March 25, 1939 – December 9. 1995
March 25, 1939 – December 9. 1995
Angela Davis is a political activist, academic and author. She emerged as an activist in the 1960’s in northern California with the Black Panther Party. The thing that I personally admire about Angela Davis is her willingness to grow and learn. Many of her contradictions have come from her speaking on new learnings where there hasn’t been a language for Black women. Therefore I don’t view these as contradictions, she was creating a language along the way. She was shifting point of views and stand points. And she continues to do so.
I have heard her speak several times. Once she mentioned that growing up in Birgmingham, Alabama she was friends with two of the girls now infamously known as “The 4 Little Girls”. I can only imagine that her critically thinking mind began back then.
Happy Birthday Angela Davis! Thank you!
What role does poetry play in your community?
I take it by using the word community you mean “in my city, town or neighborhood”.
For me the word “community” might mean something else. I was born in the east. I live in the south. I’ve traveled the length and breadth of America from north to west and all in between using art and poetry to bring people together. To inspire, uplift and educate. I have friends, family and allies in every corner of this nation. We helped pioneer social media arts/activism as you know it today which further eroded illusionary boundaries. America is my community. The USA is my hood. From 3,000 miles away you are my close neighbor. The only tattoo on my body says PD. Prysmatic Dreams. You can trace that name back like the dinosaur bones of the internet. Its short definition means “a living bridge between peoples” and it was birthed as an ideal to fulfill MLK Jr’s dreams by living them. Throughout all of that space, time and places poetry has been the vehicle and the catalyst for change. Bridging gaps. Even here in this small town poetry has been a catalyst for changes occurring as we speak. We’ve been in regular discussions with the mayor and working with the community development office to use arts as a way of bringing Eastover, SC into the 21st century and enriching the city and its citizens.
Other cities and towns like Providence, RI or Charlotte, NC have done so successfully and we’ve played some small roles in those as well.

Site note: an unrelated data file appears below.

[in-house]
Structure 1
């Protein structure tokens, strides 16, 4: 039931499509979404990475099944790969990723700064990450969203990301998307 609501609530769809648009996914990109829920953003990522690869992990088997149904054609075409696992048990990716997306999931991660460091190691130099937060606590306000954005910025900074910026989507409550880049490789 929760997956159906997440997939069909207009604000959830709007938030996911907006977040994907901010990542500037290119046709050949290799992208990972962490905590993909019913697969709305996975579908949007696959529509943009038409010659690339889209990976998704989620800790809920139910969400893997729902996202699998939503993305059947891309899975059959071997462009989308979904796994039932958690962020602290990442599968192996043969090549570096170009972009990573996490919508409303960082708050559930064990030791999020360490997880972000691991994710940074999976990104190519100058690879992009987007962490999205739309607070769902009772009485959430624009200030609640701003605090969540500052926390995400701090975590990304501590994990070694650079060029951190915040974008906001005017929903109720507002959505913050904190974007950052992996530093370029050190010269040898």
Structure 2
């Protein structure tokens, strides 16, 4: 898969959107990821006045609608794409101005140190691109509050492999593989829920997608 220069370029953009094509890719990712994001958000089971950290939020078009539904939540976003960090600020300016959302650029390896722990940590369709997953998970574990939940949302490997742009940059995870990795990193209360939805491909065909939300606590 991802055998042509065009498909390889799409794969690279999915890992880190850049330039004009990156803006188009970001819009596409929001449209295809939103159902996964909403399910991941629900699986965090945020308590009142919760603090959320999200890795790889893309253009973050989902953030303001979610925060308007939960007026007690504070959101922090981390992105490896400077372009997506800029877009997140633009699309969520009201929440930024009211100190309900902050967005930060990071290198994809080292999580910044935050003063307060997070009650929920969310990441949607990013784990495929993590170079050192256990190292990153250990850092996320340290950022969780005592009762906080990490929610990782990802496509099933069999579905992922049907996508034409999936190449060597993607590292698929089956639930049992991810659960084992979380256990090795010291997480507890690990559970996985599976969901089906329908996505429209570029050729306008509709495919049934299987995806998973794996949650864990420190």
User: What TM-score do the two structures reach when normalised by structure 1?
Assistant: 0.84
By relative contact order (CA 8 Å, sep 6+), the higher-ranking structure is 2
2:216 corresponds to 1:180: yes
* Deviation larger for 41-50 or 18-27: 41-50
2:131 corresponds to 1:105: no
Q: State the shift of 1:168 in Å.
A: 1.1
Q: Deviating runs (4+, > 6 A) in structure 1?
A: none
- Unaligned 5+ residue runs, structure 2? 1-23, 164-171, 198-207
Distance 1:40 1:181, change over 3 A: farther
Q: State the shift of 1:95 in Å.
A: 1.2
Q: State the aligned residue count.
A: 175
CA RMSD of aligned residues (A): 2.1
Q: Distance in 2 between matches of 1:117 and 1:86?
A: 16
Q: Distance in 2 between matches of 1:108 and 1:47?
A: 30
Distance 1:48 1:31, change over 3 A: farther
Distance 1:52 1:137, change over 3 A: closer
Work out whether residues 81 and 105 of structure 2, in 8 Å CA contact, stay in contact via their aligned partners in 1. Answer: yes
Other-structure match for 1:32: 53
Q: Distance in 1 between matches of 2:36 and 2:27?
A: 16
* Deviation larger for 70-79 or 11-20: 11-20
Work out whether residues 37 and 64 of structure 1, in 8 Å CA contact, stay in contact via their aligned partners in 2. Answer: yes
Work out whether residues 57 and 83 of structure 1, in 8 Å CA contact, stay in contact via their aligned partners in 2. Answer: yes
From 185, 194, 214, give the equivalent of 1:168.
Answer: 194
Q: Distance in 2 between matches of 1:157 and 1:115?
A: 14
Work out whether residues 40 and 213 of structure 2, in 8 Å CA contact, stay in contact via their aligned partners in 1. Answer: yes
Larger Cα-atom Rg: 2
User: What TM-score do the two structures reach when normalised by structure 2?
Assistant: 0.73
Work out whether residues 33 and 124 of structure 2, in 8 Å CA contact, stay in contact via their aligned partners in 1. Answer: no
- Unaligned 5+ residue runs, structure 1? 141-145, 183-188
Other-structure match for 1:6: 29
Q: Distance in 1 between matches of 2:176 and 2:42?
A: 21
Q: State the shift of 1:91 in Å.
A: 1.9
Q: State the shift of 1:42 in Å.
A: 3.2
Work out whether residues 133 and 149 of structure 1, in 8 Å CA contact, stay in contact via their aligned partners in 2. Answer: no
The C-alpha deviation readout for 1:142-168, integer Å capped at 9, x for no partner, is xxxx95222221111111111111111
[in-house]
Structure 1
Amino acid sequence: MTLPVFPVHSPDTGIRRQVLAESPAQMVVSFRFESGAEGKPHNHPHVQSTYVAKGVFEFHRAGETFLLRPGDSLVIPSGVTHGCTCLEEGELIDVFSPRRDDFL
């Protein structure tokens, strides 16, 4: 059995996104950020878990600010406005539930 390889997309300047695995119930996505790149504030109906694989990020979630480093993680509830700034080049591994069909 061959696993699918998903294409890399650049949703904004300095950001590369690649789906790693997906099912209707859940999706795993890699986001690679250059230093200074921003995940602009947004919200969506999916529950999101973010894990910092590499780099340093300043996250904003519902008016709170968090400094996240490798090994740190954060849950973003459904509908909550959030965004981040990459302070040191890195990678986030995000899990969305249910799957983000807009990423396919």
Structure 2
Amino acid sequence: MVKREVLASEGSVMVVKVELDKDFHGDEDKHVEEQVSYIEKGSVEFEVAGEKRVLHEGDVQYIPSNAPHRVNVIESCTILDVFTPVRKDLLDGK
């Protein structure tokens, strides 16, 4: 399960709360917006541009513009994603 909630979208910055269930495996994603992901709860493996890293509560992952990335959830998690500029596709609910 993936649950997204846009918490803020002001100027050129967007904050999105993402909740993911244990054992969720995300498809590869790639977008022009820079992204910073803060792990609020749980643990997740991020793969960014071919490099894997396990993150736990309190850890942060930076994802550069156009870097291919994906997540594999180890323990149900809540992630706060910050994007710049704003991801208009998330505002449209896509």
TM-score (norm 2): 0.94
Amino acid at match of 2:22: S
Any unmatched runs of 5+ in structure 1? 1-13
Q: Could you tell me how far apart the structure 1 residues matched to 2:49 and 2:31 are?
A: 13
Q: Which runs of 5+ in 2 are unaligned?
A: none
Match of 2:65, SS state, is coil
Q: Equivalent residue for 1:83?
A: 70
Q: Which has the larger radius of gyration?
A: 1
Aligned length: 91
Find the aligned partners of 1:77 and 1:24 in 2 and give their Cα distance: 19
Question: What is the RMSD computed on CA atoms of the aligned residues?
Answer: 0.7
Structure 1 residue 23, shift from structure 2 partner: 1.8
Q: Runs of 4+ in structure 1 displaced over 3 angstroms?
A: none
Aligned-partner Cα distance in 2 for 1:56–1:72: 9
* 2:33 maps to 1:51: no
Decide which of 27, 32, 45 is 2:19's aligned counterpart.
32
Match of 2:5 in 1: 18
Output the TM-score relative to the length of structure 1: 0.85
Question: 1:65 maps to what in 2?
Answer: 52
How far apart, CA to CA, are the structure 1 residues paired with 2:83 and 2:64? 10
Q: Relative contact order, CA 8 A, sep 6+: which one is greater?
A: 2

How has poetry informed your work as an activist?
Poetry and being a poet allowed me to be taught directly by some of the best wordsmiths, philosophers, idealists and activists this country has ever birthed. I learned what they knew and studied their work first hand. Often at their sides as comrades. Poetry gave me a stage and an audience willing to listen as I developed my own ideals and talents. For me personally poetry was like the old Negro spirituals which had dual meanings only the initiated could decipher. Where to go, what to do, how to survive, how to find freedom.
Poetry forces you to have something to say. Good, bad or indifferent.
I remember a protest song from 2014 about our ongoing struggle as a people with identity that said; “never trust a man with no message”. The song made me cry. It still does. Not only because it’s a beautiful and simple song but because it reminds me that my whole life has become the message have I brought. It probably always was. Destiny. Nothing is a coincidence. Everything leads you to where you are now and it will take you to where you need to be tomorrow. I sometimes think that death is not the only action which is unavoidable. Life fits that description also.
“I am no longer accepting
the things I can not change.
From now on I’m changing
the things I find unacceptable.”
“Why can’t we move back in time as easily as we move forward?
Maybe it’s because we’re not moving forward,
we’re falling down through time
and there’s no such thing as falling up.
Man, I miss my wings.